Funding decisions announced in New Zealand’s Budget 2019 will result in a boost on innovation, emerging technologies and potentially high-value tech research and start-ups.
As reported, Callaghan Innovation, New Zealand’s Innovation Agency, has received funding for five initiatives.
These five initiatives are:
- Gracefield Innovation Quarter
- Industry 4.0
- Food innovation
- Commercialising innovation
- Future-proofing industry
Gracefield Innovation Quarter
The redevelopment of the Gracefield site, in Lower Hutt will include NZ$ 51.1 million in capital expenditure and NZ$ 29.3 million in operating expenditure.
It is the main centre for its Research and Technical Services (RTS) teams and labs.
It currently houses 34,000 sq. metres of laboratories, office space, workshops and pilot labs, rapid prototyping facilities, machine shop, a supercritical fluid extraction plant, materials analysis and testing labs, and the Measurement Standards Laboratory.
The initial focus will be on remediation including seismic improvements, asbestos removal, roof, and weather tightness.
However, the funding will also help the Agency deliver on its vision for the precinct: the Gracefield Innovation Quarter (GIQ), which will be a national hub for innovative research and commercial activity.
Through the Gracefield site, the Agency’s RTS teams have extended specialist R&D support services to approximately 270 companies in the last financial year.
The establishment of an Industry 4.0 Demonstration Network has been made with the commitment of NZ$ 6.769 million in over four years.
It will also complete the Skills Shift project supported through the Future of Work Tripartite Forum.
Industry 4.0 has already been identified as a priority focus for the Agency.
By applying digital technologies to deliver smarter, more efficient manufacturing processes, Industry 4.0 has the potential to improve productivity and global competitiveness.
The Demonstration Network, meanwhile, will play a vital role in allowing NZ manufacturers to experience these technologies in a real factory environment.
They can do this by learning from those who have gone through the adoption process and increase industry understanding and uptake of these important technologies.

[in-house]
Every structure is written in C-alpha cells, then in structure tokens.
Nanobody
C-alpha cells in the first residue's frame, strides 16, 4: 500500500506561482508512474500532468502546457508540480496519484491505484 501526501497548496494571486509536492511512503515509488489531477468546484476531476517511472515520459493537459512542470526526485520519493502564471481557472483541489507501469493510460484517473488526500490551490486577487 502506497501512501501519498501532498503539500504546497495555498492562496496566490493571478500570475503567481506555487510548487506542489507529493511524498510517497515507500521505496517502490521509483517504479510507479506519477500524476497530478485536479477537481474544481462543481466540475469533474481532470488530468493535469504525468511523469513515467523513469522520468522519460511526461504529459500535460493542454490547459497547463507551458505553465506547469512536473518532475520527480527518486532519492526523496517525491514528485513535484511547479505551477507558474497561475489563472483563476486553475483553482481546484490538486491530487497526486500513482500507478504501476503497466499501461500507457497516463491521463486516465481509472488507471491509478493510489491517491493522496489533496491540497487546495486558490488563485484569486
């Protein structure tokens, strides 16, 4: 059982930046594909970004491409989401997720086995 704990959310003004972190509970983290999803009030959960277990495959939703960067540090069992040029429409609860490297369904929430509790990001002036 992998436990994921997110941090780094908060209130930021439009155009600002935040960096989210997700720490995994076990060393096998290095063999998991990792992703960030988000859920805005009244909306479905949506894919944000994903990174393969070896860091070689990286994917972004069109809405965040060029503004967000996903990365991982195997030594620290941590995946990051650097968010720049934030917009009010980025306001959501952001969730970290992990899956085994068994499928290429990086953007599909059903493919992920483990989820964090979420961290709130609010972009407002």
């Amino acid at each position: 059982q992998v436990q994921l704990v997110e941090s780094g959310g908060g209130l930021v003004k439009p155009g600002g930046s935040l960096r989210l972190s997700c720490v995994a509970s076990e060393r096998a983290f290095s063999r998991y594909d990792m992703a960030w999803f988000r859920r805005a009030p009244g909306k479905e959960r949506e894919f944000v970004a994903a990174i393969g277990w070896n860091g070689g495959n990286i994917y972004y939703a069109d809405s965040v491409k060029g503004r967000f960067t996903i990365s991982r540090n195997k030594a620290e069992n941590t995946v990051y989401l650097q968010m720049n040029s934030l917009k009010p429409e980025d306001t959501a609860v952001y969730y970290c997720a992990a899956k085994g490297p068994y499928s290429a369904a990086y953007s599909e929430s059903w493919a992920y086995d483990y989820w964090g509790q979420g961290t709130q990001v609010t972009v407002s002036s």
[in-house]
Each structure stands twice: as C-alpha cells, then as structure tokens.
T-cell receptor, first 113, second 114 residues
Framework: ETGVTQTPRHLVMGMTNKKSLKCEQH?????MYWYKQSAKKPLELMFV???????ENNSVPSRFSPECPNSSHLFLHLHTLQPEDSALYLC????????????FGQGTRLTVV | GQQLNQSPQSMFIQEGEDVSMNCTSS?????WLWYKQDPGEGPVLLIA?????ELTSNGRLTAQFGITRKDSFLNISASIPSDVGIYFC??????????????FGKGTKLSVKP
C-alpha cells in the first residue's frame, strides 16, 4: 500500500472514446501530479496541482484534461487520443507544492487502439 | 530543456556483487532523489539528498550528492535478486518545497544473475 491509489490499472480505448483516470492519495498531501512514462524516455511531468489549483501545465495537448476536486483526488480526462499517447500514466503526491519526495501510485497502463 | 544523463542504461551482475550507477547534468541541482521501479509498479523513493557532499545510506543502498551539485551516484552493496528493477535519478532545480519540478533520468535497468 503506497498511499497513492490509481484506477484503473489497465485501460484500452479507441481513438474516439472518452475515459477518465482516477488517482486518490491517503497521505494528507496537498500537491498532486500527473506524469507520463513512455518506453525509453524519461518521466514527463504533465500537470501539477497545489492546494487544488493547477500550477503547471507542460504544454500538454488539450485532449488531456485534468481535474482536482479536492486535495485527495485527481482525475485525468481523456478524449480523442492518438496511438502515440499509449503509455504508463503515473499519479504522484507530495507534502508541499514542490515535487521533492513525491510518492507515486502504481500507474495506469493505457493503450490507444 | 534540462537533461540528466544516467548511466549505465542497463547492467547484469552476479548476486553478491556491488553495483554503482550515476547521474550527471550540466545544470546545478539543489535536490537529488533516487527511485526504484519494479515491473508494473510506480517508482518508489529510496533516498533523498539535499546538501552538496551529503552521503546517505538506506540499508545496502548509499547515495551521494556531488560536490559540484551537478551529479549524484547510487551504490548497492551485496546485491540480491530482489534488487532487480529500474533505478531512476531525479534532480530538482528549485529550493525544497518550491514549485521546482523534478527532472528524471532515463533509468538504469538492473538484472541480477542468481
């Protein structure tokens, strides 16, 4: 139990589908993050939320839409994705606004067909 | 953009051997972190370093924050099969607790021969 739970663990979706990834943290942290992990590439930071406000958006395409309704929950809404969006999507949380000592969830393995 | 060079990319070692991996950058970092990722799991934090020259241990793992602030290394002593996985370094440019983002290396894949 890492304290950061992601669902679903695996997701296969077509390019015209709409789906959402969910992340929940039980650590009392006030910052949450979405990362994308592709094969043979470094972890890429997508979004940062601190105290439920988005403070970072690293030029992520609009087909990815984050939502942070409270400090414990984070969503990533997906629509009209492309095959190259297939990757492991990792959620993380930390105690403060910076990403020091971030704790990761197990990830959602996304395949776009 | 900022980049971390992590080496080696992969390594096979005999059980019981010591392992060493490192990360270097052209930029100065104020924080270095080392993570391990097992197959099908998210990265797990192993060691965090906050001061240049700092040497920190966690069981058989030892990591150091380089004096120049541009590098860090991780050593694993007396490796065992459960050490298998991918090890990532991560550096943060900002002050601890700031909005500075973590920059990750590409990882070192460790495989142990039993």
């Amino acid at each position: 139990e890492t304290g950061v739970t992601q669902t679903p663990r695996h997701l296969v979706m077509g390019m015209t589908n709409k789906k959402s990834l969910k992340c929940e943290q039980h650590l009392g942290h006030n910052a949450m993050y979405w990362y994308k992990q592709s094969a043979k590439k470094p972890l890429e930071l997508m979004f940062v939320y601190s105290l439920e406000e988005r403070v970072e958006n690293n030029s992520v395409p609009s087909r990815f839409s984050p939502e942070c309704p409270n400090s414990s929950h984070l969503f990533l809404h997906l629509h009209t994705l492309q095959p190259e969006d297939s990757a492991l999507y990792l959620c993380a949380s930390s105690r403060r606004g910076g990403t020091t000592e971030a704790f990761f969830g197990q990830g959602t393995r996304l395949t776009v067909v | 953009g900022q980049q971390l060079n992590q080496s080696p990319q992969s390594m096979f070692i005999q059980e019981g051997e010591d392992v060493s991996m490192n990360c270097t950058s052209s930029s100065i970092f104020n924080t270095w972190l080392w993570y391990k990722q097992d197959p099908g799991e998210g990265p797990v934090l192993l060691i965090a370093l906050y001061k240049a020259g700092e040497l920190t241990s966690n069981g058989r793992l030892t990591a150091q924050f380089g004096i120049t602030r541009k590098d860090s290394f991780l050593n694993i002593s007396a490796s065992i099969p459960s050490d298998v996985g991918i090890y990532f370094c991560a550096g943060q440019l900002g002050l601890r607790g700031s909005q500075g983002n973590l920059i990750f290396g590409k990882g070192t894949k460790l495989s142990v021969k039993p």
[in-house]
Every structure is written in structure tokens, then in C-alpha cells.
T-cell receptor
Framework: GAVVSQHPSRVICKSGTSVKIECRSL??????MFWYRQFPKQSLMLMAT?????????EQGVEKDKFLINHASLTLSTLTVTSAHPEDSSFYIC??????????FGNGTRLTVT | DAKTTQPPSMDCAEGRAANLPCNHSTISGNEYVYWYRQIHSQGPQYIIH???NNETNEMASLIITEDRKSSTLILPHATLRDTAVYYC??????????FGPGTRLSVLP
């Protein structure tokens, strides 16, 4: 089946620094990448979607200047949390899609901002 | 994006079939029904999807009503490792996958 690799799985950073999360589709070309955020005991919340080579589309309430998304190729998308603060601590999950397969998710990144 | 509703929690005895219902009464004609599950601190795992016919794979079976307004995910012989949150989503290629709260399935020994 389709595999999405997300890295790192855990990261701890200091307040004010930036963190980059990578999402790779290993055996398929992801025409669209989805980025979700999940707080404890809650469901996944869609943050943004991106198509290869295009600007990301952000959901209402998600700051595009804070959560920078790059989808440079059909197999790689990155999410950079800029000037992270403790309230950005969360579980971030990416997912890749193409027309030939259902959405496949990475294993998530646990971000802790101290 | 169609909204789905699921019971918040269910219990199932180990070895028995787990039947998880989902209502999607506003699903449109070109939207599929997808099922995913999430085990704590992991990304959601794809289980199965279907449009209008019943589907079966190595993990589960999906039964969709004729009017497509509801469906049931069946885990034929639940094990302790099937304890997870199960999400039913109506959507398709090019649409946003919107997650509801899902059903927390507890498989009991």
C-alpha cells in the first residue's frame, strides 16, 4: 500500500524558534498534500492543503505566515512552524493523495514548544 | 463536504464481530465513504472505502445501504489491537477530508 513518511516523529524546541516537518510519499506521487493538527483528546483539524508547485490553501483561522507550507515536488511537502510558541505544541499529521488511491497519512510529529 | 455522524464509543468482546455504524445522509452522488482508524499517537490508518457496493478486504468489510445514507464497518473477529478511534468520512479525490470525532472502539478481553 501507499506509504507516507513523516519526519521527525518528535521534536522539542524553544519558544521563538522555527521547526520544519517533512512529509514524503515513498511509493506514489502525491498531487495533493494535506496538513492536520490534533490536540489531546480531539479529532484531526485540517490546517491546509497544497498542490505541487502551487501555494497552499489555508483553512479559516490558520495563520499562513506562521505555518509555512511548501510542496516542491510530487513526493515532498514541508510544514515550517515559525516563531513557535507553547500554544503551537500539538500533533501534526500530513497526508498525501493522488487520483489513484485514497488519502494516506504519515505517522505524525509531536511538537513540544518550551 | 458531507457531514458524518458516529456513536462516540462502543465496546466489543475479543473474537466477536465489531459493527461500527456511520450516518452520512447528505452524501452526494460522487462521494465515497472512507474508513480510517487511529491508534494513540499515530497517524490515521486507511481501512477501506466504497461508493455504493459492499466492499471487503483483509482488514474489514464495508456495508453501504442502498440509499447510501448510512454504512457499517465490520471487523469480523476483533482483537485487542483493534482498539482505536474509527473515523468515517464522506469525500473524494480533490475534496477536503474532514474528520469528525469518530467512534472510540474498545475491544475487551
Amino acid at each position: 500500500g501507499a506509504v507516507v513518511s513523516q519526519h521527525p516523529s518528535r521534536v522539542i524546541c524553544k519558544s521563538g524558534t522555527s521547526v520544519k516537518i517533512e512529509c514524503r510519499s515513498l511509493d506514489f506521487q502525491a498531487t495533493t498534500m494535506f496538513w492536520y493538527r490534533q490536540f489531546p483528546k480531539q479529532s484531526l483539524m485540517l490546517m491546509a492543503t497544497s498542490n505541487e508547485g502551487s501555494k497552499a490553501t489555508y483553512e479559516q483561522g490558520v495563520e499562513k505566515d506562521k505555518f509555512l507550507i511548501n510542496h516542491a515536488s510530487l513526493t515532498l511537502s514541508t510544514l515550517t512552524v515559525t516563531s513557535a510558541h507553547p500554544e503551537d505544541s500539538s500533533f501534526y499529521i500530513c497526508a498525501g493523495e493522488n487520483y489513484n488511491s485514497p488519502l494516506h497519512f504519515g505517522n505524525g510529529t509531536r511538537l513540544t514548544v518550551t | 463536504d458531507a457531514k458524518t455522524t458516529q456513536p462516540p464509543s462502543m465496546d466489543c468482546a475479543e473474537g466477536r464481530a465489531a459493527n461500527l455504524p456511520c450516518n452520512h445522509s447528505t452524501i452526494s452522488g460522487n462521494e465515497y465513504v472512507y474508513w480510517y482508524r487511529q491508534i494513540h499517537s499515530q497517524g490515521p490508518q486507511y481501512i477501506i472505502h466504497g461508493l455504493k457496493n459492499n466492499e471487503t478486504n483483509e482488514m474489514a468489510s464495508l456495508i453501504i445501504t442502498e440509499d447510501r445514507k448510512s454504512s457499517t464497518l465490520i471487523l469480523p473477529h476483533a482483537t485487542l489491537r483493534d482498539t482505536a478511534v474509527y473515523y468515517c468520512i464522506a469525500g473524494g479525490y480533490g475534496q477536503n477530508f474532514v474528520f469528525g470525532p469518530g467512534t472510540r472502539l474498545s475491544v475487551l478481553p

NZ$ 9.57 million in over two years was promised to the New Zealand Food Innovation Network as support for innovative, high-value food products and related technologies.
NZFIN is a national network of food processing pilot plants and hubs that provide the facilities and knowledge needed to commercialise new products and processes.
A package of initiatives to support the commercialisation of innovation in New Zealand has been allocated NZ$ 25.5 million, with the focus on scaling up existing, proven programmes.
These programmes include the Commercialisation Partner Network Fund, the PreSeed Accelerator Fund, and the Technology Incubator programme.
The funding aims to increase the impact of public investment in research and science as well as develop more effective pathways to translate research into functional applications that deliver market opportunities and advantages.
The Agency is responsible for the delivery of the Technology Incubator programme and support for start-up businesses.
The scaled up Technology Incubator programme and additional funding will be used to provide more operational funding to Technology Incubators.
It will also increase the pool of funding for Repayable Grants, which means more businesses can be supported.
Government has allocated NZ$ 18 million in over four years to continue the Product Accelerator and Bioresource Processing Alliance programmes.
There were previously funded through the Ministry of Business, Innovation and Employment’s (MBIE) former “Enabling Technologies” funding mechanism.
The Product Accelerator helps connect industry with research expertise, solving industry problems, building productivity and supporting the transformation of the economy through diversification and improving its knowledge intensity.
The BioResource Processing Alliance, on the other hand, helps convert low value primary industry and other biological waste streams into high-value export goods, reducing waste and increasing New Zealand’s exports in general.
Callaghan Innovation will become the agency responsible for delivery of both programmes through the RTS teams.